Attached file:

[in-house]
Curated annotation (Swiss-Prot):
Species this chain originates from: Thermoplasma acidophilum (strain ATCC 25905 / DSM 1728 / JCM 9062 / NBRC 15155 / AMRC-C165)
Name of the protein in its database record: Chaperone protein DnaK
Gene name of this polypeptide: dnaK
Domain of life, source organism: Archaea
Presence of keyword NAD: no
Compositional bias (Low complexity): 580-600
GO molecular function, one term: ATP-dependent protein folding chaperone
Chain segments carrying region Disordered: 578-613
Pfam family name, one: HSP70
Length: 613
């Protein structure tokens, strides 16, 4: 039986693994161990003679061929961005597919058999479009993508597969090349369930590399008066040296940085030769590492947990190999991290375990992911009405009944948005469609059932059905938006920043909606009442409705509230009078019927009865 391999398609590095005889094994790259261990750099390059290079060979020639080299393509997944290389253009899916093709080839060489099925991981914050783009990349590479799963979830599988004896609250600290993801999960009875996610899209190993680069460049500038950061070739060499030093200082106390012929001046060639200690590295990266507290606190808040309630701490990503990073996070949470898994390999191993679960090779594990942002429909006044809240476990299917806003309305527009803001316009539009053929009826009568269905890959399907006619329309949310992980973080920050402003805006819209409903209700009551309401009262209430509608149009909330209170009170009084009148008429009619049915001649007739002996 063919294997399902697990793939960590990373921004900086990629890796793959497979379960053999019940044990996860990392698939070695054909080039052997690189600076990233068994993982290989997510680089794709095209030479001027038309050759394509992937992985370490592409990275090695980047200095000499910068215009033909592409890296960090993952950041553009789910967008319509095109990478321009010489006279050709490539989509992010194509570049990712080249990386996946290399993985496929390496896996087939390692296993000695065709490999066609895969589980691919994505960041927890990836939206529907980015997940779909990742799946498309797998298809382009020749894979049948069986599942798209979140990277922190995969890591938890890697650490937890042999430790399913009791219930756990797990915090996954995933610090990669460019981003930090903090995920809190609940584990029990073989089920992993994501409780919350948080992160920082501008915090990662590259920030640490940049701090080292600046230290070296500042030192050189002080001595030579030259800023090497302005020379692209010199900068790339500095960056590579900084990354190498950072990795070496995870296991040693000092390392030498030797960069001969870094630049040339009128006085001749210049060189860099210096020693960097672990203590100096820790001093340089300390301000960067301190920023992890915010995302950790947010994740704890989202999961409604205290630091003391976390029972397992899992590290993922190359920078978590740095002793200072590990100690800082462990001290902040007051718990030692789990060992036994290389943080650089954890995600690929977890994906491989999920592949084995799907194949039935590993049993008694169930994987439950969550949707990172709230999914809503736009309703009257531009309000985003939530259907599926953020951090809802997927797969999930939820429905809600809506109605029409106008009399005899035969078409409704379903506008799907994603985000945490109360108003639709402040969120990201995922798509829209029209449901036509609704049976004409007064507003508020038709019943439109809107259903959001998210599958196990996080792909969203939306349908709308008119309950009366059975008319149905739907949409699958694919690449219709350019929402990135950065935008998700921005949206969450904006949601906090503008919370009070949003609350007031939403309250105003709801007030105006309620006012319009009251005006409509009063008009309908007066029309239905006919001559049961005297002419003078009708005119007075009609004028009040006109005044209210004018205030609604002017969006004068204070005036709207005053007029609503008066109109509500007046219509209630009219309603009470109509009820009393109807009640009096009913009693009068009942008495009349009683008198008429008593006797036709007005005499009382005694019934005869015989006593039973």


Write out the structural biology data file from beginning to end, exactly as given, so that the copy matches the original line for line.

[in-house]
Curated annotation (Swiss-Prot):
Species this chain originates from: Thermoplasma acidophilum (strain ATCC 25905 / DSM 1728 / JCM 9062 / NBRC 15155 / AMRC-C165)
Name of the protein in its database record: Chaperone protein DnaK
Gene name of this polypeptide: dnaK
Domain of life, source organism: Archaea
Presence of keyword NAD: no
Compositional bias (Low complexity): 580-600
GO molecular function, one term: ATP-dependent protein folding chaperone
Chain segments carrying region Disordered: 578-613
Pfam family name, one: HSP70
Length: 613
């Protein structure tokens, strides 16, 4: 039986693994161990003679061929961005597919058999479009993508597969090349369930590399008066040296940085030769590492947990190999991290375990992911009405009944948005469609059932059905938006920043909606009442409705509230009078019927009865 391999398609590095005889094994790259261990750099390059290079060979020639080299393509997944290389253009899916093709080839060489099925991981914050783009990349590479799963979830599988004896609250600290993801999960009875996610899209190993680069460049500038950061070739060499030093200082106390012929001046060639200690590295990266507290606190808040309630701490990503990073996070949470898994390999191993679960090779594990942002429909006044809240476990299917806003309305527009803001316009539009053929009826009568269905890959399907006619329309949310992980973080920050402003805006819209409903209700009551309401009262209430509608149009909330209170009170009084009148008429009619049915001649007739002996 063919294997399902697990793939960590990373921004900086990629890796793959497979379960053999019940044990996860990392698939070695054909080039052997690189600076990233068994993982290989997510680089794709095209030479001027038309050759394509992937992985370490592409990275090695980047200095000499910068215009033909592409890296960090993952950041553009789910967008319509095109990478321009010489006279050709490539989509992010194509570049990712080249990386996946290399993985496929390496896996087939390692296993000695065709490999066609895969589980691919994505960041927890990836939206529907980015997940779909990742799946498309797998298809382009020749894979049948069986599942798209979140990277922190995969890591938890890697650490937890042999430790399913009791219930756990797990915090996954995933610090990669460019981003930090903090995920809190609940584990029990073989089920992993994501409780919350948080992160920082501008915090990662590259920030640490940049701090080292600046230290070296500042030192050189002080001595030579030259800023090497302005020379692209010199900068790339500095960056590579900084990354190498950072990795070496995870296991040693000092390392030498030797960069001969870094630049040339009128006085001749210049060189860099210096020693960097672990203590100096820790001093340089300390301000960067301190920023992890915010995302950790947010994740704890989202999961409604205290630091003391976390029972397992899992590290993922190359920078978590740095002793200072590990100690800082462990001290902040007051718990030692789990060992036994290389943080650089954890995600690929977890994906491989999920592949084995799907194949039935590993049993008694169930994987439950969550949707990172709230999914809503736009309703009257531009309000985003939530259907599926953020951090809802997927797969999930939820429905809600809506109605029409106008009399005899035969078409409704379903506008799907994603985000945490109360108003639709402040969120990201995922798509829209029209449901036509609704049976004409007064507003508020038709019943439109809107259903959001998210599958196990996080792909969203939306349908709308008119309950009366059975008319149905739907949409699958694919690449219709350019929402990135950065935008998700921005949206969450904006949601906090503008919370009070949003609350007031939403309250105003709801007030105006309620006012319009009251005006409509009063008009309908007066029309239905006919001559049961005297002419003078009708005119007075009609004028009040006109005044209210004018205030609604002017969006004068204070005036709207005053007029609503008066109109509500007046219509209630009219309603009470109509009820009393109807009640009096009913009693009068009942008495009349009683008198008429008593006797036709007005005499009382005694019934005869015989006593039973």